Metro is celebrating National Nutrition Month the whole month of March. The theme this year is #MeatlessMarch, and the movement is encouraging people to incorporate some meat-less meals into their routines. At a glance, it would seem that this is simply a health-driven initiative backed by providers hoping to lower their patients’ blood pressure and cholesterol by adding more veggies to their diets. Though that is a part of it, it isn’t the only reason to go meatless this March (and beyond!).
Food waste is killing our planet
The United States is one of the biggest contributors to food waste on the planet. An incredible amount of energy and water resources goes into the production of food in the United States, and an estimated 40% of that food ends up being thrown away rather than consumed. The food we throw away is sent to our landfills where it produces carbon dioxide as it rots. As of 2007, global food waste had produced an estimated 3.3 billion tons of carbon dioxide leaking into our atmosphere. One of the simplest ways for the average person to help with sustainability is by eating the food that they buy and reducing what is thrown into the garbage.
The ugly truth about meat in America
The commercial livestock industry produces 7.1 tons of carbon dioxide per year, accounting for 18% of the total greenhouse gas emissions occurring on the planet. The Environmental Working Group conducted research that suggests that the commercial production of red meat produces 10 to 40 times the amount of greenhouse gas emissions as commercial vegetable production. Even more staggering is the fact that, according to EarthSave.org, “It takes 2,500 gallons of water, 12 pounds of grain, 35 pounds of topsoil, and the energy equivalent of one gallon of gasoline to produce one pound of feedlot beef.” Considering that the average yield from a single cow is 490 pounds of edible meat, that would indicate that 1.2 million gallons of water, over 5,800 pounds of grain, over 17,000 pounds of topsoil, and the energy equivalent of 490 gallons of gasoline goes into each cow that is commercially farmed for meat consumption. The United States farms roughly 39 million cows per year for this purpose. If consumers were to cut down on red meat consumption, the industry would be forced to produce less products, in turn cutting down the carbon emissions associated with commercial cattle production.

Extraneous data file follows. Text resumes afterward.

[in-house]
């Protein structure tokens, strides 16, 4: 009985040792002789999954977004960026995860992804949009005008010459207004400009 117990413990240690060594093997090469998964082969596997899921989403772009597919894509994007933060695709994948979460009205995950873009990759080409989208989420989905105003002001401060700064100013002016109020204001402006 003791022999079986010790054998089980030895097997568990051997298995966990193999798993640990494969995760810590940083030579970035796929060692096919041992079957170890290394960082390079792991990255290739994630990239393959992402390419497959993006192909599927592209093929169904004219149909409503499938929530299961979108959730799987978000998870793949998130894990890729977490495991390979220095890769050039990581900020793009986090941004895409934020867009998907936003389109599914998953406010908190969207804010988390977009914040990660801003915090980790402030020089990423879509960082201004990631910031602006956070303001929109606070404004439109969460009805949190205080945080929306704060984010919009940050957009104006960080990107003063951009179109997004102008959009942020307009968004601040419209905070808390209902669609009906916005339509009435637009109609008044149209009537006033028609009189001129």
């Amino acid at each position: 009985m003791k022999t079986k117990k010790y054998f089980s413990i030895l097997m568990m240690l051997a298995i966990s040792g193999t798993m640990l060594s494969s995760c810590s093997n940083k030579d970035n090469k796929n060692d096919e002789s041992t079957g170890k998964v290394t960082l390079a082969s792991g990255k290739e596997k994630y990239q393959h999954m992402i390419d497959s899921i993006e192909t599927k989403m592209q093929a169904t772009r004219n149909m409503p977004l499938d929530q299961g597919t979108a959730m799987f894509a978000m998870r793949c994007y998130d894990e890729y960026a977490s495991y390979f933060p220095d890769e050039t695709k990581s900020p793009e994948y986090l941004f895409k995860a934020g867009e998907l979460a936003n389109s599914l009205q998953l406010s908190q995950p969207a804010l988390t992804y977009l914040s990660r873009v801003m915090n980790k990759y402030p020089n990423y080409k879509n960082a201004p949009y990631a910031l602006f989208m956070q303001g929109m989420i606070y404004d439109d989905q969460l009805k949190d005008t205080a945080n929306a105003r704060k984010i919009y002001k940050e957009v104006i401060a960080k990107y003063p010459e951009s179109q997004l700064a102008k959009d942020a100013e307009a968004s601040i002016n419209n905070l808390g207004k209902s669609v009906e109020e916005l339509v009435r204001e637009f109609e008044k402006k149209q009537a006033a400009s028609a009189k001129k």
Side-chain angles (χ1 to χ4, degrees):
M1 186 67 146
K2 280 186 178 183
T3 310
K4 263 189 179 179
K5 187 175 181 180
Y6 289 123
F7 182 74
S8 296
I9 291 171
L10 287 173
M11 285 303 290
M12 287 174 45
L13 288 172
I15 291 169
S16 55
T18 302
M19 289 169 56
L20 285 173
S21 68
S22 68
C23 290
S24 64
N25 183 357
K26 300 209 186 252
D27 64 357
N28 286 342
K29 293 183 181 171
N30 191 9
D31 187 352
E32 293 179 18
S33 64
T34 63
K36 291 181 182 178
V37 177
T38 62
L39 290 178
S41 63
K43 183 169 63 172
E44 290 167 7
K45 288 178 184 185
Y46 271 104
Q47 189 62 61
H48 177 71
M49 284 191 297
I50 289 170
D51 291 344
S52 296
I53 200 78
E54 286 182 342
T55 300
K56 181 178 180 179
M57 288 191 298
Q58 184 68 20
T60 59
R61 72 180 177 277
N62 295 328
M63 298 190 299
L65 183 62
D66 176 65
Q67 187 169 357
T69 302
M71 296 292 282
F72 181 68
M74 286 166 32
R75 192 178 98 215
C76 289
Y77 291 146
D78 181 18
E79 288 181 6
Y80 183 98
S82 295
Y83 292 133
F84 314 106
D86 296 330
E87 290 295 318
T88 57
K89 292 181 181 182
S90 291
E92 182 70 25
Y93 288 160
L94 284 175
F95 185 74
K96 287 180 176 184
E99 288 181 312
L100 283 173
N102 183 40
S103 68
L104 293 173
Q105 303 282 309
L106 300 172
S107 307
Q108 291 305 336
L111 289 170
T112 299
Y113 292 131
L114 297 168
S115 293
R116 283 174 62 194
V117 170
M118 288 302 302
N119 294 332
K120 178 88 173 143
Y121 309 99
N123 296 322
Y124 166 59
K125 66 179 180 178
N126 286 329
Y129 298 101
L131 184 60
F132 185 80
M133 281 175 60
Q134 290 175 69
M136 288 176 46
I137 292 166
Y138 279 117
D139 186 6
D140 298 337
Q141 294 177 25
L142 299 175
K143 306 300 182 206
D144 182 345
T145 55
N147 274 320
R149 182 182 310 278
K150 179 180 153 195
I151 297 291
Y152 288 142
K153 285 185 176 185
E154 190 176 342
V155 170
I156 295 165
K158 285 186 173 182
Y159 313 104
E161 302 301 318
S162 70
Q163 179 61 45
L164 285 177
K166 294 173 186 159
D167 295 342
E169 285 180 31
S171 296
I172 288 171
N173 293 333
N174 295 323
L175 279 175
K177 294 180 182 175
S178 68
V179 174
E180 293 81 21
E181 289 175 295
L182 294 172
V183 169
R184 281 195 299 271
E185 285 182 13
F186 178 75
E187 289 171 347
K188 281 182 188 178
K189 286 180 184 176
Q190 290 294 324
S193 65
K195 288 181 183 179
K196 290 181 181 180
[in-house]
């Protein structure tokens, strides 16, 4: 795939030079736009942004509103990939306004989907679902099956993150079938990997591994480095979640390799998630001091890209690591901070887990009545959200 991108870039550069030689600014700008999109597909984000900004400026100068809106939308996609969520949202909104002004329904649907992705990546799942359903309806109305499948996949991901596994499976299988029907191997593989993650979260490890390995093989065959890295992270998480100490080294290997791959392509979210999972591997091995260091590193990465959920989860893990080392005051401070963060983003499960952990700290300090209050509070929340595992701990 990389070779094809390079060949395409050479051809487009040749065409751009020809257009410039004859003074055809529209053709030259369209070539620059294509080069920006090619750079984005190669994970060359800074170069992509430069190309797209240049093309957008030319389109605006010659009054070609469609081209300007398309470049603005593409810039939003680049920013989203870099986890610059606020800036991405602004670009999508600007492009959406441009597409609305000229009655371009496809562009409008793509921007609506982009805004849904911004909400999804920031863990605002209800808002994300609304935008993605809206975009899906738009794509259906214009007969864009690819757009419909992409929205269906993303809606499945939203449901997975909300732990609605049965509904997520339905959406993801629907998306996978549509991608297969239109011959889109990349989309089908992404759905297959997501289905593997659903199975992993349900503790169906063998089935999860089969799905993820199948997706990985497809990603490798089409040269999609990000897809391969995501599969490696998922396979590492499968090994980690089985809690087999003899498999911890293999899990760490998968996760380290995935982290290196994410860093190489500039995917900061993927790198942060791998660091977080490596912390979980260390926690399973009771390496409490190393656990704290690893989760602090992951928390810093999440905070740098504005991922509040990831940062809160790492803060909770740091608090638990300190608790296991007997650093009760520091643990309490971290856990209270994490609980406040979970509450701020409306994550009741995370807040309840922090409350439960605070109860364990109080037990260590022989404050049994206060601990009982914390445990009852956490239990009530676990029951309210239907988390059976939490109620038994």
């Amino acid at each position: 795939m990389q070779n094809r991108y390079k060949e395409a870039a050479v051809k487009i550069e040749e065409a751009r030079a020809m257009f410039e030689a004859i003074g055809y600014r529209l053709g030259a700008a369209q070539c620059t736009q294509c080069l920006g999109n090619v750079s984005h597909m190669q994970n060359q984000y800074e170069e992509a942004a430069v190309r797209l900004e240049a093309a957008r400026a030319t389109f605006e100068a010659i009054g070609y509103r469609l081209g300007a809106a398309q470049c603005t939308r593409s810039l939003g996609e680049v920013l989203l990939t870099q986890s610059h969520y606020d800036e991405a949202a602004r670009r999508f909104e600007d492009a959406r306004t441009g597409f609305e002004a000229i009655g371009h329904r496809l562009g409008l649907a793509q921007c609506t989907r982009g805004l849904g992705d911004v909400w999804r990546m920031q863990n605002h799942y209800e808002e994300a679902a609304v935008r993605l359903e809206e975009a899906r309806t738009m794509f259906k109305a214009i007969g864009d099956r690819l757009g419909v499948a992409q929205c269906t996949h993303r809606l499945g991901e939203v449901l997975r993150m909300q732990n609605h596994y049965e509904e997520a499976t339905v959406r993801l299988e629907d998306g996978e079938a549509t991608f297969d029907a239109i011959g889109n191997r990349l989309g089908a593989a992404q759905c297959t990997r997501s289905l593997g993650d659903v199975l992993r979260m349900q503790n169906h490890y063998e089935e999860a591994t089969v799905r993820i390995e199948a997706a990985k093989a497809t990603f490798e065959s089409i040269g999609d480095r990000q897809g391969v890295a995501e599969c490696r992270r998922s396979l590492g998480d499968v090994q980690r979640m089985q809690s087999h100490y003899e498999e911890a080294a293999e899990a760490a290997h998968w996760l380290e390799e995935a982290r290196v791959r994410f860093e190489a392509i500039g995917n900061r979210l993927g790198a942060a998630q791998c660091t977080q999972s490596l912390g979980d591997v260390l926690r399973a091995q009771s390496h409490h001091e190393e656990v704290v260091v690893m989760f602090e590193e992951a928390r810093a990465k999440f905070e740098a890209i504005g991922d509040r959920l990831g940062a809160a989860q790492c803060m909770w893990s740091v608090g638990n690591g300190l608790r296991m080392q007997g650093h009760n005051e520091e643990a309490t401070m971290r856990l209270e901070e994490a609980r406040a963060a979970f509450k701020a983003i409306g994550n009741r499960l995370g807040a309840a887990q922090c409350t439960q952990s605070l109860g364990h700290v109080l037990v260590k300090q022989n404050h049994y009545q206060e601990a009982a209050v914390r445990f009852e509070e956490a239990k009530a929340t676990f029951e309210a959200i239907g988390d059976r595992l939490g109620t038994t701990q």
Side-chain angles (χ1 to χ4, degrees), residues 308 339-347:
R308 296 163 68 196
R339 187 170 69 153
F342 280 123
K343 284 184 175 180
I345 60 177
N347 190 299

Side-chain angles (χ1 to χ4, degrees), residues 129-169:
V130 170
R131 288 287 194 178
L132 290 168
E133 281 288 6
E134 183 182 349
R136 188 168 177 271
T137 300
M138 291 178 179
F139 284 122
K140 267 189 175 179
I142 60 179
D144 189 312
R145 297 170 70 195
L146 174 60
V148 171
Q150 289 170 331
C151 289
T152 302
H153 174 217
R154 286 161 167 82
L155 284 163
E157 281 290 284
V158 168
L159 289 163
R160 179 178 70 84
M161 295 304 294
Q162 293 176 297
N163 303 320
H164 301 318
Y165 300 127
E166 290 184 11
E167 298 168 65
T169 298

Fruits + Veggies to the Rescue!
Research suggests that if the world’s largest consumers of red meat and dairy products were to reduce their consumption by just 40%, 168 billion tons of greenhouse gas emissions would be stopped from poisoning our planet. Enter the “reducetarian” movement, which advocates for general meat consumption reduction, whether it be by going fully vegan, or by moderating your daily or weekly meat intake. This is exactly what #MeatlessMarch is about; making a concerted effort to eat less red meat for a whole 30 days. The best way to accomplish this is to replace meat-protein with plant-protein, but simply switching to a vegetarian lifestyle isn’t necessarily the whole answer.
While fruit and vegetable production accounts for much less greenhouse gas emissions than almost all meat-based protein production, the cost of getting those fruits and vegetables to our plates sometimes comes at a high cost (and a heavy carbon footprint). The first step in creating a more sustainable and environmentally-friendly diet is to turn to local farmers first. Buying produce from as close to your home as possible drastically reduces the greenhouse gasses emitted to get it to you. Choice of produce is equally as important. Some produce and plant-based protein products, such nuts, bananas and strawberries, require a ton of natural resources to produce. Limiting those foods in your diet is a big help. Choosing low-cost (from a production standpoint) produce such as leafy greens, grains, and beans or lentils is the best route to go when planning a sustainable diet.
There are many vegetables that pack just as much protein as meat! Fill your plate with broccoli (2 grams of protein per serving), spinach (3 grams of protein per serving), chickpeas (6 grams of protein per serving), or edamame (18 grams of protein per serving) to get the satisfying “fullness” feeling that you get from eating red meat. If better taste or texture is what you’re going after, marinate and grill up some portabella mushroom caps for a perfect burger alternative!
Be reasonable while being responsible
Fully committing to a vegetarian or vegan lifestyle isn’t for everyone, and we get that. You know yourself better than anyone else; if you think you can comfortably commit to even one meat-less meal per week, that is progress and you will be helping the cause! More than anything we just want people to be more cognizant of what they are consuming and how it is effecting the world around us.
Metro is dedicated to helping our patients become the healthiest version of themselves. Stop by the health center waiting room and grab any of the meatless recipes we’ve provided our patients to encourage healthier lifestyles. If you try a recipe and post it on social media, tag us #MetroHealthPgh or @MetroHealthPgh and we will feature your post on our social media accounts!
_ _ _ _ _ _ _ _ _ _ _ _ _ _ _ _ _ _ _ _ _ _ _ _ _ _ _ _ _ _ _ _ _ _ _ _
This blog post was written by Kelsey Moran with Spencer Design Co. For more blog posts by Kelsey, visit the SDC blog here.